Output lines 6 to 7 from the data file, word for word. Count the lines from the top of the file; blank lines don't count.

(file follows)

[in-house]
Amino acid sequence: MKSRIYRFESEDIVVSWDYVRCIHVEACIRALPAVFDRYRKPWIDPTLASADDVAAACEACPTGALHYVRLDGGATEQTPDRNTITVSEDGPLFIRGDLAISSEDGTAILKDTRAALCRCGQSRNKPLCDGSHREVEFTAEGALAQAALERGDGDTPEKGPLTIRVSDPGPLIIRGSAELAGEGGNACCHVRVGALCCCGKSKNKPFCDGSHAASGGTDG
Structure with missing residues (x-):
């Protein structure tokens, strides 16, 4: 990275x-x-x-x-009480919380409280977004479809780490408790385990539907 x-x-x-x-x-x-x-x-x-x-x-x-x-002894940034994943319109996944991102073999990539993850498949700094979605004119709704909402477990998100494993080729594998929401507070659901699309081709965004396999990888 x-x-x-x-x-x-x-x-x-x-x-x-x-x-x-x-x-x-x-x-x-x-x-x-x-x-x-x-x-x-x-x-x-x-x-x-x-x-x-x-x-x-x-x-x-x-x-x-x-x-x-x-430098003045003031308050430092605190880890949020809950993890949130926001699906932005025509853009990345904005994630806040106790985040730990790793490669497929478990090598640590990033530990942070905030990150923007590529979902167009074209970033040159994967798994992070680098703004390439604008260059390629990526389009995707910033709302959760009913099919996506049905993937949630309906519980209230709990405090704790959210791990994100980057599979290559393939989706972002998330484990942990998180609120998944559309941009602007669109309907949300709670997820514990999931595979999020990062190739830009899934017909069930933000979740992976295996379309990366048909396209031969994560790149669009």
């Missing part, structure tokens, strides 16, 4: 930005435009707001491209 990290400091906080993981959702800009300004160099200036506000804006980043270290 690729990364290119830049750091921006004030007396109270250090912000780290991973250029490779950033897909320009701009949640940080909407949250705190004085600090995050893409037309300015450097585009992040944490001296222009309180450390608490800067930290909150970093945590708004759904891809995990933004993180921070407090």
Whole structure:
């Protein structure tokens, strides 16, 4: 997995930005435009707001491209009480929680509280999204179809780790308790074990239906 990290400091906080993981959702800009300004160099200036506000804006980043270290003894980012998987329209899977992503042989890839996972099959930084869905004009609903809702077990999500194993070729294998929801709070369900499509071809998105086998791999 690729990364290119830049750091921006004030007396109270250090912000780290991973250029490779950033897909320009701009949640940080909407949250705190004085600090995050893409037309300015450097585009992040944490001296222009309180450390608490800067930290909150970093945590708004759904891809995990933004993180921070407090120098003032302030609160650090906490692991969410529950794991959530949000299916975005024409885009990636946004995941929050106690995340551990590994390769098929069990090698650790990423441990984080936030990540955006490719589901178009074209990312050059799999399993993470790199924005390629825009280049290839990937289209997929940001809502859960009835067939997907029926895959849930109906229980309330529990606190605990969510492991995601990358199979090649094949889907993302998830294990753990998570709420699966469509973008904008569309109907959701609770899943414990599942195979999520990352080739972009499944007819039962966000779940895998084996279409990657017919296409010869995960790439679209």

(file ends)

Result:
Whole structure:
């Protein structure tokens, strides 16, 4: 997995930005435009707001491209009480929680509280999204179809780790308790074990239906 990290400091906080993981959702800009300004160099200036506000804006980043270290003894980012998987329209899977992503042989890839996972099959930084869905004009609903809702077990999500194993070729294998929801709070369900499509071809998105086998791999 690729990364290119830049750091921006004030007396109270250090912000780290991973250029490779950033897909320009701009949640940080909407949250705190004085600090995050893409037309300015450097585009992040944490001296222009309180450390608490800067930290909150970093945590708004759904891809995990933004993180921070407090120098003032302030609160650090906490692991969410529950794991959530949000299916975005024409885009990636946004995941929050106690995340551990590994390769098929069990090698650790990423441990984080936030990540955006490719589901178009074209990312050059799999399993993470790199924005390629825009280049290839990937289209997929940001809502859960009835067939997907029926895959849930109906229980309330529990606190605990969510492991995601990358199979090649094949889907993302998830294990753990998570709420699966469509973008904008569309109907959701609770899943414990599942195979999520990352080739972009499944007819039962966000779940895998084996279409990657017919296409010869995960790439679209």